However, if you’re going to choose to think about this time and place — and it is a fascinating time to think about — through the complex and finely-tuned thinking machine that good fiction is, it seems to me you need to go all the way there. And then you need to stay there, and stay there, and stay there. And Brooks does not quite go all the way there in this book. Bethia gets off too easily, and as a result, her crossing between cultures — which, as she is the protagonist, should be the true subject of the story, the main plot to Caleb’s subplot — is left undeveloped. The utter modernity of her mind means that she’s already made the crossing at the book’s outset, and so at the end of the book, when she must make a final, climactic cultural crossing, there is little feeling of any real suspense. This problem is exacerbated by Brooks’s choice to summarize what should be the most climactic scene of the book, for reasons that I can only assume have to do with her desire to please those big-shouldered thought-police thugs.
I might have found the book more satisfying if Brooks had decided to tell the story straight through from beginning to end. As it stands, there are three frames, one for each of the three parts of the book — first, we read pages written while Bethia awaits Caleb’s arrival, then, pages written during stolen candlelight hours in her new position as servant to Master Corlett, then the final deathbed accounting. Each of these frames must be established as that part’s present-time narrative, which means that the rest of each of the three parts of the book is told in flashback, a technique that sacrifices the story’s sense of urgency. I found this to be particularly true in the final part, which read to me like a long denouement rather than the final ascent to the summit.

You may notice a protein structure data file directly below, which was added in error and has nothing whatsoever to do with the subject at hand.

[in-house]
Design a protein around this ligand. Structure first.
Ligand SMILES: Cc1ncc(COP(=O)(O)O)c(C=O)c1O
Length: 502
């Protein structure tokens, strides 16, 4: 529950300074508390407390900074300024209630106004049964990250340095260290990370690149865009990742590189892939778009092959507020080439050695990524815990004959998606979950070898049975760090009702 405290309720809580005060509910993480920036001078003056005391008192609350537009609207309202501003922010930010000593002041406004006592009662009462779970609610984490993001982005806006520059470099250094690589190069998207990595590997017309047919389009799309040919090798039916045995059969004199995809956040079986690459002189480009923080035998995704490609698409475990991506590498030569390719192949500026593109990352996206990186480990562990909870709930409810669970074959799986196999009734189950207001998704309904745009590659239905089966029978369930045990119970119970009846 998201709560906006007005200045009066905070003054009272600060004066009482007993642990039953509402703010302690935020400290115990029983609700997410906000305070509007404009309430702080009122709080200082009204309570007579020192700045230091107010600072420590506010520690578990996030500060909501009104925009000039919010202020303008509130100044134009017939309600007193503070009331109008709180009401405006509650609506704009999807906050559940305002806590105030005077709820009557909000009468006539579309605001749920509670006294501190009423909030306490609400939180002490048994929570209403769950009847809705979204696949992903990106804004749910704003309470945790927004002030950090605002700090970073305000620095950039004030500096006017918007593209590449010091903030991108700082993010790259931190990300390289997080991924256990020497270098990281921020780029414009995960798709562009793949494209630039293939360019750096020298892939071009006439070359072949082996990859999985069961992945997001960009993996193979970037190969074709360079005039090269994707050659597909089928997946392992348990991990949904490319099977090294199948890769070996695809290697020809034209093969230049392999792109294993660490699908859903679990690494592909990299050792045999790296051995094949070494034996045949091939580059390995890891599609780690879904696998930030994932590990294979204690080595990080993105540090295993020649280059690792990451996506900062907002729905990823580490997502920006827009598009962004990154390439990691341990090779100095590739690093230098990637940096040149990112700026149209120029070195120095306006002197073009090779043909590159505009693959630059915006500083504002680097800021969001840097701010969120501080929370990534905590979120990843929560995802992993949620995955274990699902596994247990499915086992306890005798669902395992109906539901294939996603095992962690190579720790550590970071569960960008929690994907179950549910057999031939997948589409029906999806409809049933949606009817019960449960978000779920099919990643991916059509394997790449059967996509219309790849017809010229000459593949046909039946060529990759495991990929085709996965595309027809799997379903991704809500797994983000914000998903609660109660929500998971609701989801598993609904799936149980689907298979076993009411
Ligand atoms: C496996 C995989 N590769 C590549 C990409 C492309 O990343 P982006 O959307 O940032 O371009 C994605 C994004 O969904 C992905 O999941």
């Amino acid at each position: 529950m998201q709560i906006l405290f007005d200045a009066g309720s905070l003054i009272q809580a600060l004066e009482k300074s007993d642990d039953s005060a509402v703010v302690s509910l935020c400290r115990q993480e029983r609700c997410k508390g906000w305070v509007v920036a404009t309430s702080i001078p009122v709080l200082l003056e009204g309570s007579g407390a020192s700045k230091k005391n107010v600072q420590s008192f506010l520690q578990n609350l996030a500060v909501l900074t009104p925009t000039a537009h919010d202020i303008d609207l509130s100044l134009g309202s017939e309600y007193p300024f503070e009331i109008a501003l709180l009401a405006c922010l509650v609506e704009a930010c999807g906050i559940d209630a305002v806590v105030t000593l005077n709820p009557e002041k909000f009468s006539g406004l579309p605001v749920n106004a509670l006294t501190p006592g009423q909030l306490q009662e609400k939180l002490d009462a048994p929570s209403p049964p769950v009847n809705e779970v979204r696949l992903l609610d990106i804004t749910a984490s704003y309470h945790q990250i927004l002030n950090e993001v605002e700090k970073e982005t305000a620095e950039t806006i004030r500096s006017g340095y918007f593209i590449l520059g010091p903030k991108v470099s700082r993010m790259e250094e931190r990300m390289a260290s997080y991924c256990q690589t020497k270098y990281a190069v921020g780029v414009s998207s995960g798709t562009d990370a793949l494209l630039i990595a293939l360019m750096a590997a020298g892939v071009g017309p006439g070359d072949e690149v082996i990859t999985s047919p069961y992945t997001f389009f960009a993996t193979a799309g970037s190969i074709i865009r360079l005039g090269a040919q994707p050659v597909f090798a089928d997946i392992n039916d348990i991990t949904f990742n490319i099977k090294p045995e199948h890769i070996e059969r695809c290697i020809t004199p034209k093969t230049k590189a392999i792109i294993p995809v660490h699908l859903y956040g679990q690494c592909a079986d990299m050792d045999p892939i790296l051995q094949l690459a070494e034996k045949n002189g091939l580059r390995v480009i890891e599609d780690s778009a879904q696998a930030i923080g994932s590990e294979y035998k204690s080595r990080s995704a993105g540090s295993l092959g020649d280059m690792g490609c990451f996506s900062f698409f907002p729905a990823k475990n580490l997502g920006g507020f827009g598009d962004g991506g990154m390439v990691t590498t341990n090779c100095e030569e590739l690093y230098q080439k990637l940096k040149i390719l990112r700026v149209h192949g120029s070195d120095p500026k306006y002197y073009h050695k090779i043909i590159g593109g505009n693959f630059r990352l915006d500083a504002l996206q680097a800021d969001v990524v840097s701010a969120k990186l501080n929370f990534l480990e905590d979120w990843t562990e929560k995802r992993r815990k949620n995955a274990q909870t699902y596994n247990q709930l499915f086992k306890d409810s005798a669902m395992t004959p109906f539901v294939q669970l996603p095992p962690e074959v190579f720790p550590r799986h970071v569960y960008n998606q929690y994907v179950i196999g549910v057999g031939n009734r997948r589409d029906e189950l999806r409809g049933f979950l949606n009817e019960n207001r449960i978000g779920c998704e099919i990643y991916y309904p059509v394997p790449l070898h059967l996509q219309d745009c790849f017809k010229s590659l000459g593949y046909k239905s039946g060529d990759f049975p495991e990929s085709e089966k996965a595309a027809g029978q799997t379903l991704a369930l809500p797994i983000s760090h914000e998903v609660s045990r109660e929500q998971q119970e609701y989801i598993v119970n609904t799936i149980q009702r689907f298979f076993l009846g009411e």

It’s a testament to Brooks’s skill that despite the inherent challenges of her structure and the daunting political implications of her material, the book is still a good read. The very fact of Caleb’s existence — in history as well as fiction — is fascinating and affecting, and Bethia’s relationship with him is complex and full of feeling. Had Brooks chosen to shift the emphasis of the story, or maybe revise its structure, so that we had more of a chance to engage fully with Bethia’s spiritual crossing — from a member of a thoroughgoing Puritan family (albeit one who treated the “savages” more kindly than most of their brethren) who believed in the rock-solid truth of their own religion and the fiery hell that awaited all sinners, including uninitiated heathens, into a wider reality in which men like Caleb were possessed of their own very rich forms of wisdom and humanity (not to mention sex appeal) — had we been allowed to make that crossing with her, growth pang by growth pang, then the book might have been more than just a good read. It might very well have given us what great historical fiction can offer: an enthralling illustration of the past and a startling illumination of the present.
Amy Hassinger is a graduate of the Iowa Writers' Workshop and the author of two novels, Nina: Adolescence and The Priest's Madonna. Her books have been translated into five languages, and her work has appeared in many publications, including burntdistrict, The Common Online, South Dakota Review, and Fourth Genre. She is a Faculty Mentor with the University of Nebraska MFA in Writing Program. Visit her at www.amyhassinger.com.